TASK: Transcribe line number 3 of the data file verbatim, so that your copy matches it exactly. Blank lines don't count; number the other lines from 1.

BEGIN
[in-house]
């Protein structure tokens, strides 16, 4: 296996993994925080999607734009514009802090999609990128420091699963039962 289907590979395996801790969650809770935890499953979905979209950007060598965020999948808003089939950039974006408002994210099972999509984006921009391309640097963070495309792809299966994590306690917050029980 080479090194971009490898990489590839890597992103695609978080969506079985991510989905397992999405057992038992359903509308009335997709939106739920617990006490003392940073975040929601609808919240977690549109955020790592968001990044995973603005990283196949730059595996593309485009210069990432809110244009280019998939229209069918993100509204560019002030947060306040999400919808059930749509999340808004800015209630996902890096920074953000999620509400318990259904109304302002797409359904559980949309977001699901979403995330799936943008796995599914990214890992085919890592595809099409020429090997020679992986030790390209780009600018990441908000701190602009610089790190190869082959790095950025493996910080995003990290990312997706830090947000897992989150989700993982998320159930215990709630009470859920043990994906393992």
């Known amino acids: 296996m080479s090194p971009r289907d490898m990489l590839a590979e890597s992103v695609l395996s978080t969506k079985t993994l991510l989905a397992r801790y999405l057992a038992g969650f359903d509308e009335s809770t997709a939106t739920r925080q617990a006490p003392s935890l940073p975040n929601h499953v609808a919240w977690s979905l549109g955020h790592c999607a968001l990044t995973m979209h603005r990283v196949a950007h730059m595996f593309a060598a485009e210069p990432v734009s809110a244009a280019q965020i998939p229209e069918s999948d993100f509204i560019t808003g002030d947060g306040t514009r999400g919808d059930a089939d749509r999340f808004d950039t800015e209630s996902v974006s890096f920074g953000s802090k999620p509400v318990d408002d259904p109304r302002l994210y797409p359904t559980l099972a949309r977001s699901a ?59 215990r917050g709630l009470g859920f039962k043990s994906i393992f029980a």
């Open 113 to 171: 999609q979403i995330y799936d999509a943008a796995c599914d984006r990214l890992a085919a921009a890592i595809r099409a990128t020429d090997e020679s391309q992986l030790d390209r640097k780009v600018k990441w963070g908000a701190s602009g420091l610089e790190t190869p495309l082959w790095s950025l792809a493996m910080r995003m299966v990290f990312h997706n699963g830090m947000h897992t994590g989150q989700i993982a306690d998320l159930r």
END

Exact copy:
């Known amino acids: 296996m080479s090194p971009r289907d490898m990489l590839a590979e890597s992103v695609l395996s978080t969506k079985t993994l991510l989905a397992r801790y999405l057992a038992g969650f359903d509308e009335s809770t997709a939106t739920r925080q617990a006490p003392s935890l940073p975040n929601h499953v609808a919240w977690s979905l549109g955020h790592c999607a968001l990044t995973m979209h603005r990283v196949a950007h730059m595996f593309a060598a485009e210069p990432v734009s809110a244009a280019q965020i998939p229209e069918s999948d993100f509204i560019t808003g002030d947060g306040t514009r999400g919808d059930a089939d749509r999340f808004d950039t800015e209630s996902v974006s890096f920074g953000s802090k999620p509400v318990d408002d259904p109304r302002l994210y797409p359904t559980l099972a949309r977001s699901a ?59 215990r917050g709630l009470g859920f039962k043990s994906i393992f029980a």